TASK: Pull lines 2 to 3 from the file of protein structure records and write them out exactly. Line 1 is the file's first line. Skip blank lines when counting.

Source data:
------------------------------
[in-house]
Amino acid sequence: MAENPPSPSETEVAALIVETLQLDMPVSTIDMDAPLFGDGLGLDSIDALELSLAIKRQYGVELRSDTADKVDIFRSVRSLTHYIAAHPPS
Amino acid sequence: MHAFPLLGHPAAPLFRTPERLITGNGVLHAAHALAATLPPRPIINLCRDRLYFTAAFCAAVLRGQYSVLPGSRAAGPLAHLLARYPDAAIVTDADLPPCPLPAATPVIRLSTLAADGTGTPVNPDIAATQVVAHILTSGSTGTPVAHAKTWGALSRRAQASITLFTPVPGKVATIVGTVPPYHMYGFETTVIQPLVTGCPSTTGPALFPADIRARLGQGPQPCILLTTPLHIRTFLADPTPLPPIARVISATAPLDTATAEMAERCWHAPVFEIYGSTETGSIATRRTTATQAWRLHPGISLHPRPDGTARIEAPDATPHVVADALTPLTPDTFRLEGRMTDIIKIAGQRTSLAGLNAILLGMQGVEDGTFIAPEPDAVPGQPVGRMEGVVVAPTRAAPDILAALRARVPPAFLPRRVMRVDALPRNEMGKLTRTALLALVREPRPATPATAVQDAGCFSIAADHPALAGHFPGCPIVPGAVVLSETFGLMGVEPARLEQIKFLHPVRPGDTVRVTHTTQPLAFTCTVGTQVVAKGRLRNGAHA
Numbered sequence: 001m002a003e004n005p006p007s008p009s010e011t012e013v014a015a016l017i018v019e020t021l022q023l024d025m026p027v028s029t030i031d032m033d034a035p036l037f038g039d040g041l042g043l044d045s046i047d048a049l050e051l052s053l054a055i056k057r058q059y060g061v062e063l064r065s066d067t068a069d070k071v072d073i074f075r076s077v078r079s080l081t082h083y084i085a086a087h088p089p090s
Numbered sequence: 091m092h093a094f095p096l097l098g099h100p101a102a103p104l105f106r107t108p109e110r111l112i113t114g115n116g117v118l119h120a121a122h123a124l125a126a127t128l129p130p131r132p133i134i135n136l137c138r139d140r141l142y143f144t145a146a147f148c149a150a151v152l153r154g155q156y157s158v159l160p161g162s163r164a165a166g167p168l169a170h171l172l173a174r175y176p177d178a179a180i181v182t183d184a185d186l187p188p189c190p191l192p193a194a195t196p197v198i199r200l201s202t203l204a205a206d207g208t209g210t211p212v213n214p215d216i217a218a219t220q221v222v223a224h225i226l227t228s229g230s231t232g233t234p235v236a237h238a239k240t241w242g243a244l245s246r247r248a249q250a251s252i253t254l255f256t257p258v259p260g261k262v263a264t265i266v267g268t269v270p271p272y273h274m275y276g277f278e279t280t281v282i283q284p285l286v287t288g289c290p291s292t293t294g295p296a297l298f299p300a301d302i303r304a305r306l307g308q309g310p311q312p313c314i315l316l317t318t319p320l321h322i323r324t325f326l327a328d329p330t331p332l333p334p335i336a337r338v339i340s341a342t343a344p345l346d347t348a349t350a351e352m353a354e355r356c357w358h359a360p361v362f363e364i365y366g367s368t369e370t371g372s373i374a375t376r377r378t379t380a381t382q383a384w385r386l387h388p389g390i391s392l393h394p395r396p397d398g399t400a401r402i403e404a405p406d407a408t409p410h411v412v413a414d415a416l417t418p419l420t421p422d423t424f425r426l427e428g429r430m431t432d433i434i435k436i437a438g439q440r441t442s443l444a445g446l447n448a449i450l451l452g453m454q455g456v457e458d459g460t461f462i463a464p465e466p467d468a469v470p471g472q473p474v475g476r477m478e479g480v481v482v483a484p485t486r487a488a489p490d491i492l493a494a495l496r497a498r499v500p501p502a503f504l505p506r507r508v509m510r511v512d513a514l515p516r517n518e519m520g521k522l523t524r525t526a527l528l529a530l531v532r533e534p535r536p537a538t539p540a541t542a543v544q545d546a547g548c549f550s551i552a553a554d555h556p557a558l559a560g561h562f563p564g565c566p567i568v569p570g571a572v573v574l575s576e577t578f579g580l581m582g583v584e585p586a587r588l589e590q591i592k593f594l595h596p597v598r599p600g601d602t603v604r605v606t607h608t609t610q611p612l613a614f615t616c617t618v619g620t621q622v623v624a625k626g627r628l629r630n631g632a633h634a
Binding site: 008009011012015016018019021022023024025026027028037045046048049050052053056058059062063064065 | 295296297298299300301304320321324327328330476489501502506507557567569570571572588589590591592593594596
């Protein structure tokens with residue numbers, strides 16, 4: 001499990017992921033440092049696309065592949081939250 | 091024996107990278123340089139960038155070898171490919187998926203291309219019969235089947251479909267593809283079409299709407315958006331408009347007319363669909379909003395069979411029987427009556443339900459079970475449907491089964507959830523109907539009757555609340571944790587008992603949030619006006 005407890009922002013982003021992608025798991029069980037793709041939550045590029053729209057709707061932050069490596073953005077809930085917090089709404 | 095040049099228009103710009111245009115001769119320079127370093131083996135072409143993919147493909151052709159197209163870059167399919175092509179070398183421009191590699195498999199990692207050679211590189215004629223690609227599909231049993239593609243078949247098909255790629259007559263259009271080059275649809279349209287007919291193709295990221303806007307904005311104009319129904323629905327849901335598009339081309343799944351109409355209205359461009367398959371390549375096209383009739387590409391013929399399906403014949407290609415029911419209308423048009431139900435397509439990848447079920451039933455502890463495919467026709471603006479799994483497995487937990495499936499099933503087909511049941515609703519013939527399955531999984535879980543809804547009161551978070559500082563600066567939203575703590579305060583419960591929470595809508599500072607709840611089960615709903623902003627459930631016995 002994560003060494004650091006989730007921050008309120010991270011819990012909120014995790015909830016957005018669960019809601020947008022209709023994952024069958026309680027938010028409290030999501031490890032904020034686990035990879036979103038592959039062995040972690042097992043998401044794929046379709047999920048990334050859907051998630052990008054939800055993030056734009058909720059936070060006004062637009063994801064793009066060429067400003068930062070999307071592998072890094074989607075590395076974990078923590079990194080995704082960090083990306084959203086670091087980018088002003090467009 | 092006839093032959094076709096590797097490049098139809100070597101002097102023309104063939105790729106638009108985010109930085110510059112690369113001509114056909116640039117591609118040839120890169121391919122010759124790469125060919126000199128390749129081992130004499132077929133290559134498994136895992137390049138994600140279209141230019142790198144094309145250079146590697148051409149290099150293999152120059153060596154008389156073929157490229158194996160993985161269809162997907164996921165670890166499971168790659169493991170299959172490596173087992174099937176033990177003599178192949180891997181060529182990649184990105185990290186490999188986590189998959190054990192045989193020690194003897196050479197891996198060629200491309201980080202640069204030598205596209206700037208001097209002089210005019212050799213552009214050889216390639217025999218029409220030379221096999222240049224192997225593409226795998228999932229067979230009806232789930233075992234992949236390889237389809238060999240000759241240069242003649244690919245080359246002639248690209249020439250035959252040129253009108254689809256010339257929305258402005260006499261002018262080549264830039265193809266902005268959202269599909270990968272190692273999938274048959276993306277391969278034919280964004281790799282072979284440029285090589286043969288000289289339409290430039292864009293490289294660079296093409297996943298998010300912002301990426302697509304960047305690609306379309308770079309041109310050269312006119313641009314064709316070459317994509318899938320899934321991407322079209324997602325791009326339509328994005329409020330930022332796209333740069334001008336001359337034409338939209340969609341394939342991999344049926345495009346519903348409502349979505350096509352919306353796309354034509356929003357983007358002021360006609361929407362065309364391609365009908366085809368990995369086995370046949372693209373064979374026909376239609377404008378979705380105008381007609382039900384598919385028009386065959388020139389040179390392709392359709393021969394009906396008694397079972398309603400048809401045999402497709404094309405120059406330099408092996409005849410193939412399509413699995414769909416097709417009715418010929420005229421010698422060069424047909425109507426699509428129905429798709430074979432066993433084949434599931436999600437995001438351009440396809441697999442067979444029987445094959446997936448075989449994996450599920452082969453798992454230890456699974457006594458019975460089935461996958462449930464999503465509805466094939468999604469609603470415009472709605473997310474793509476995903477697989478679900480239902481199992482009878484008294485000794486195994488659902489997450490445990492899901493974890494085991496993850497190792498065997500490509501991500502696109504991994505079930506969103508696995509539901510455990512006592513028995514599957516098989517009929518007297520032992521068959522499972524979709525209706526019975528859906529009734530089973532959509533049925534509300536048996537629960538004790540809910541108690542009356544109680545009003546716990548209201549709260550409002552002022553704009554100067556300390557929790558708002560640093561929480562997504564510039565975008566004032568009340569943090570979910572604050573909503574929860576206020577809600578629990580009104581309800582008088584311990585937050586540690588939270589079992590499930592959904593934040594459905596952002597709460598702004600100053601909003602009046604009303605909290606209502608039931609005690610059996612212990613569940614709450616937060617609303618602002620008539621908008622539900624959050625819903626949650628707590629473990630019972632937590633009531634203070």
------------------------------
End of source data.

Amino acid sequence: MAENPPSPSETEVAALIVETLQLDMPVSTIDMDAPLFGDGLGLDSIDALELSLAIKRQYGVELRSDTADKVDIFRSVRSLTHYIAAHPPS
Amino acid sequence: MHAFPLLGHPAAPLFRTPERLITGNGVLHAAHALAATLPPRPIINLCRDRLYFTAAFCAAVLRGQYSVLPGSRAAGPLAHLLARYPDAAIVTDADLPPCPLPAATPVIRLSTLAADGTGTPVNPDIAATQVVAHILTSGSTGTPVAHAKTWGALSRRAQASITLFTPVPGKVATIVGTVPPYHMYGFETTVIQPLVTGCPSTTGPALFPADIRARLGQGPQPCILLTTPLHIRTFLADPTPLPPIARVISATAPLDTATAEMAERCWHAPVFEIYGSTETGSIATRRTTATQAWRLHPGISLHPRPDGTARIEAPDATPHVVADALTPLTPDTFRLEGRMTDIIKIAGQRTSLAGLNAILLGMQGVEDGTFIAPEPDAVPGQPVGRMEGVVVAPTRAAPDILAALRARVPPAFLPRRVMRVDALPRNEMGKLTRTALLALVREPRPATPATAVQDAGCFSIAADHPALAGHFPGCPIVPGAVVLSETFGLMGVEPARLEQIKFLHPVRPGDTVRVTHTTQPLAFTCTVGTQVVAKGRLRNGAHA